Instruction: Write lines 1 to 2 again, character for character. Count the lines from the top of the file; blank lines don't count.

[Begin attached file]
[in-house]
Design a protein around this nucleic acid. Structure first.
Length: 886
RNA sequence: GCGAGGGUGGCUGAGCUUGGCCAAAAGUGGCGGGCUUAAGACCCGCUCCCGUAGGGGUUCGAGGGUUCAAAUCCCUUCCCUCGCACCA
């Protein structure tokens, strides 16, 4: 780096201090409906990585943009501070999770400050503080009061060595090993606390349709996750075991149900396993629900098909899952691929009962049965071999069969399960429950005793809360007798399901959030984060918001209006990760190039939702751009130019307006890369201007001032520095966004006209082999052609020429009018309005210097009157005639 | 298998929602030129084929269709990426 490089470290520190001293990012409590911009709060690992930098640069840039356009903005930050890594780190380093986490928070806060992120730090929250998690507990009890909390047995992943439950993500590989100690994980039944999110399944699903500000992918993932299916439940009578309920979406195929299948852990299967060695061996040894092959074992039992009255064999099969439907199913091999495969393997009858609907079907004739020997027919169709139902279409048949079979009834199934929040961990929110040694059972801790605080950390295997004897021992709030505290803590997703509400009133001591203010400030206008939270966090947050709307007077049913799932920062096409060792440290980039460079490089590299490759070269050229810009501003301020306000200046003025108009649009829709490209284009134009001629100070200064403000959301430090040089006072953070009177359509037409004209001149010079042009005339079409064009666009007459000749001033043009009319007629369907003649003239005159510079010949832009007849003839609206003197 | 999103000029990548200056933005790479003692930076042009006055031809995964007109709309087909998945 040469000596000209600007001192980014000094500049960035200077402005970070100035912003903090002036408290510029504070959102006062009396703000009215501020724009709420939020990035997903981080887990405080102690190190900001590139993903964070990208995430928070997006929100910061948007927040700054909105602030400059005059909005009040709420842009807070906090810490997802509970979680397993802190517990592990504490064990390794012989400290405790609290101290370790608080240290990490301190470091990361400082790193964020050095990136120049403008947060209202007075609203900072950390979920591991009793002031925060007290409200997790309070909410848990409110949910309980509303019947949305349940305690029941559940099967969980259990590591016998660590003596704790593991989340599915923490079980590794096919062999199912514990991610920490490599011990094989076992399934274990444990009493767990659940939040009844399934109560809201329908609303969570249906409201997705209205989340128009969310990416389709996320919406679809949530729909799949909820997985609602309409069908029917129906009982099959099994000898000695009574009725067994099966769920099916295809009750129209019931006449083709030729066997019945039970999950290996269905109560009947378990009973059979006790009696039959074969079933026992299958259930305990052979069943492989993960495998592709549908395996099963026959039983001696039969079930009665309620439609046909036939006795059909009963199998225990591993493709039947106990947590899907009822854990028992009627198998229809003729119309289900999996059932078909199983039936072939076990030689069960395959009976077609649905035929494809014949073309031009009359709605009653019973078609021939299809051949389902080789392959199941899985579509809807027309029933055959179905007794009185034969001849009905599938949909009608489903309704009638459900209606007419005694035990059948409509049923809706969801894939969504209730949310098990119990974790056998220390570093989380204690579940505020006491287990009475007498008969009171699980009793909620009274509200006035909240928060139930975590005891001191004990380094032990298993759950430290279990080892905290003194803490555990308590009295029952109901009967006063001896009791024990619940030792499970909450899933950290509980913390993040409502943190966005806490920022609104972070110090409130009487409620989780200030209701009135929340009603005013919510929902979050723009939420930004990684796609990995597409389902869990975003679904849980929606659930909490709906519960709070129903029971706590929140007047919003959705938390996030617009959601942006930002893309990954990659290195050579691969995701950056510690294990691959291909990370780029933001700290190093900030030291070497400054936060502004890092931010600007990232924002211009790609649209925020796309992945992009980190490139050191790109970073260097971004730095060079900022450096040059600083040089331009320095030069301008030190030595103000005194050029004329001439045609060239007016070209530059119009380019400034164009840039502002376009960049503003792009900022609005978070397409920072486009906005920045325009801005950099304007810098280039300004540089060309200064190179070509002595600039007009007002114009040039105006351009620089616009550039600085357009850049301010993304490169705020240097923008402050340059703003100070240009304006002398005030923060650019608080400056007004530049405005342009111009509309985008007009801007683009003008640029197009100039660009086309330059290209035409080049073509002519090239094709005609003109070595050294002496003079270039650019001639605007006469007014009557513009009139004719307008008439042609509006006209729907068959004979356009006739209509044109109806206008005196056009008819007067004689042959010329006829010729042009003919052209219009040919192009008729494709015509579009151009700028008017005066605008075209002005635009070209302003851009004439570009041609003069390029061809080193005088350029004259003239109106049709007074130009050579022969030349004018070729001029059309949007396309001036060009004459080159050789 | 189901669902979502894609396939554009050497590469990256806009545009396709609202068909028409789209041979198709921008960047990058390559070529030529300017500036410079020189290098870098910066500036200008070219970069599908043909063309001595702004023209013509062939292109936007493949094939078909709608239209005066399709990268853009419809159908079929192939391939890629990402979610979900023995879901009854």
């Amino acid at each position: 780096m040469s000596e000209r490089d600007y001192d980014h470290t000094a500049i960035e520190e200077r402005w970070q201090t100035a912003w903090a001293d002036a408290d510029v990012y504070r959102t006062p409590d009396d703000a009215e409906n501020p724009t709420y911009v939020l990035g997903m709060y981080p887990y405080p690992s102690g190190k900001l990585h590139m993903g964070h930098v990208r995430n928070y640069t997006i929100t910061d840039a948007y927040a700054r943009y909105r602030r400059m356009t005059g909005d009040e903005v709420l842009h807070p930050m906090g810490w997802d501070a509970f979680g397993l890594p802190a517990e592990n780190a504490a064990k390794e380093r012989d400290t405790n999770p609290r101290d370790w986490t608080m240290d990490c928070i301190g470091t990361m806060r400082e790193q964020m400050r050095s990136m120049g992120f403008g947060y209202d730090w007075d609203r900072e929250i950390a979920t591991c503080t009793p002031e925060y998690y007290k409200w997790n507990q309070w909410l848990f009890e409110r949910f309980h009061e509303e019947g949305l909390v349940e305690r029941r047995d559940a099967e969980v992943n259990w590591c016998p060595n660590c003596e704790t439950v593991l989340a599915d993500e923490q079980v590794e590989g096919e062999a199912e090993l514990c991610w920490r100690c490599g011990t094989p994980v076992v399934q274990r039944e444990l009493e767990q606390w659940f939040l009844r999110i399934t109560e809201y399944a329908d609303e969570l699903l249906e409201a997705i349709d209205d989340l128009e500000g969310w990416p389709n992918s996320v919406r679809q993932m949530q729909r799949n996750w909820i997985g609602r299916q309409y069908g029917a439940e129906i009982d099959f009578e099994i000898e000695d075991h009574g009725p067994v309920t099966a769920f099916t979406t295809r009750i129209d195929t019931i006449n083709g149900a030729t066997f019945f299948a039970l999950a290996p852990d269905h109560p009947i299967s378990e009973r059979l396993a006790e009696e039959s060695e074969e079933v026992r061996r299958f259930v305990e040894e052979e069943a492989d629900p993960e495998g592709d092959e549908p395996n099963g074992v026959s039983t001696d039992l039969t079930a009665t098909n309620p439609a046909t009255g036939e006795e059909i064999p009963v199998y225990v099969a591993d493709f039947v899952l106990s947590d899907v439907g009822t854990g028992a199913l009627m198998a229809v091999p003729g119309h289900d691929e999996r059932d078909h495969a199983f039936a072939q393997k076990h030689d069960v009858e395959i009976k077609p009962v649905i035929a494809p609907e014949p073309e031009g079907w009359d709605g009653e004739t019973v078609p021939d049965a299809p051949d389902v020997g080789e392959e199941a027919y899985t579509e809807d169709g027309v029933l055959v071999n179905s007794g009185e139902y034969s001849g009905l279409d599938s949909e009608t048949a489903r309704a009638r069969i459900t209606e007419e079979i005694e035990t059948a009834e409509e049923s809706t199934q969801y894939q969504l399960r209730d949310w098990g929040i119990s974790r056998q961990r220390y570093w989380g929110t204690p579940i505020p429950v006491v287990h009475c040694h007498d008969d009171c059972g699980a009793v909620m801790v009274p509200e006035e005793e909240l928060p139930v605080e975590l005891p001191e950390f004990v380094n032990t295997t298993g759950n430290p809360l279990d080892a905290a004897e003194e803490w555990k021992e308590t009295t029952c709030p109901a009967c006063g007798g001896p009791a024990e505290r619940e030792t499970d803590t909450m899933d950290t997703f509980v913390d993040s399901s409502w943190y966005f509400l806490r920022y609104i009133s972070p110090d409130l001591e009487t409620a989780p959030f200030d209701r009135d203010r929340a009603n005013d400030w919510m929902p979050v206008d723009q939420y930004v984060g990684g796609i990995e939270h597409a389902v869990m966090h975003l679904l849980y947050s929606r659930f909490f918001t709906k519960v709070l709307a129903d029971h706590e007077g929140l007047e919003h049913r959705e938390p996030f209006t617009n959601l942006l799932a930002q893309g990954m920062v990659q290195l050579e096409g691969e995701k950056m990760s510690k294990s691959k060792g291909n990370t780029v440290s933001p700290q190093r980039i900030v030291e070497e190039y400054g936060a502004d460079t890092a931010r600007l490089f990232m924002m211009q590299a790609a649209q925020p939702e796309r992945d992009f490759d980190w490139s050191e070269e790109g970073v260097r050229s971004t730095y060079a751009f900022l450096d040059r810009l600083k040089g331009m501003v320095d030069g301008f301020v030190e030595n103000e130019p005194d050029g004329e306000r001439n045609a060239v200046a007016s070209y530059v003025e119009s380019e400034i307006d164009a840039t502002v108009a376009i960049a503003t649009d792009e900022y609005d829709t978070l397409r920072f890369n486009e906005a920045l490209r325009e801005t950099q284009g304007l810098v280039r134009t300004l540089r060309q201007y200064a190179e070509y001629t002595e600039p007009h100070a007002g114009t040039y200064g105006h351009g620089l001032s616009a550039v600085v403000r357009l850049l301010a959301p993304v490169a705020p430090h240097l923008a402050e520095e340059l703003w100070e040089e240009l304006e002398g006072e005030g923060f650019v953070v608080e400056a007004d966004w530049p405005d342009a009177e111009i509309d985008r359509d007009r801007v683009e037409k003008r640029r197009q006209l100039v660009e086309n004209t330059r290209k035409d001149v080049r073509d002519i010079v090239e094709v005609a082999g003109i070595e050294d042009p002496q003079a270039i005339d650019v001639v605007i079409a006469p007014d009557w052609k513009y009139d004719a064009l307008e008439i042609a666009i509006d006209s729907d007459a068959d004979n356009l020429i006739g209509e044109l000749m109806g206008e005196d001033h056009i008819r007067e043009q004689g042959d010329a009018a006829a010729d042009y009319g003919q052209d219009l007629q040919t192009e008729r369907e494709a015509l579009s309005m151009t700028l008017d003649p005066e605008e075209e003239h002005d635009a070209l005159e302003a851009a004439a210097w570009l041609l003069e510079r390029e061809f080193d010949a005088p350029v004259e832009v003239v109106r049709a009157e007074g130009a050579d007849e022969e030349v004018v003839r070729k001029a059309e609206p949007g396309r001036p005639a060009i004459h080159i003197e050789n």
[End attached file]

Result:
[in-house]
Design a protein around this nucleic acid. Structure first.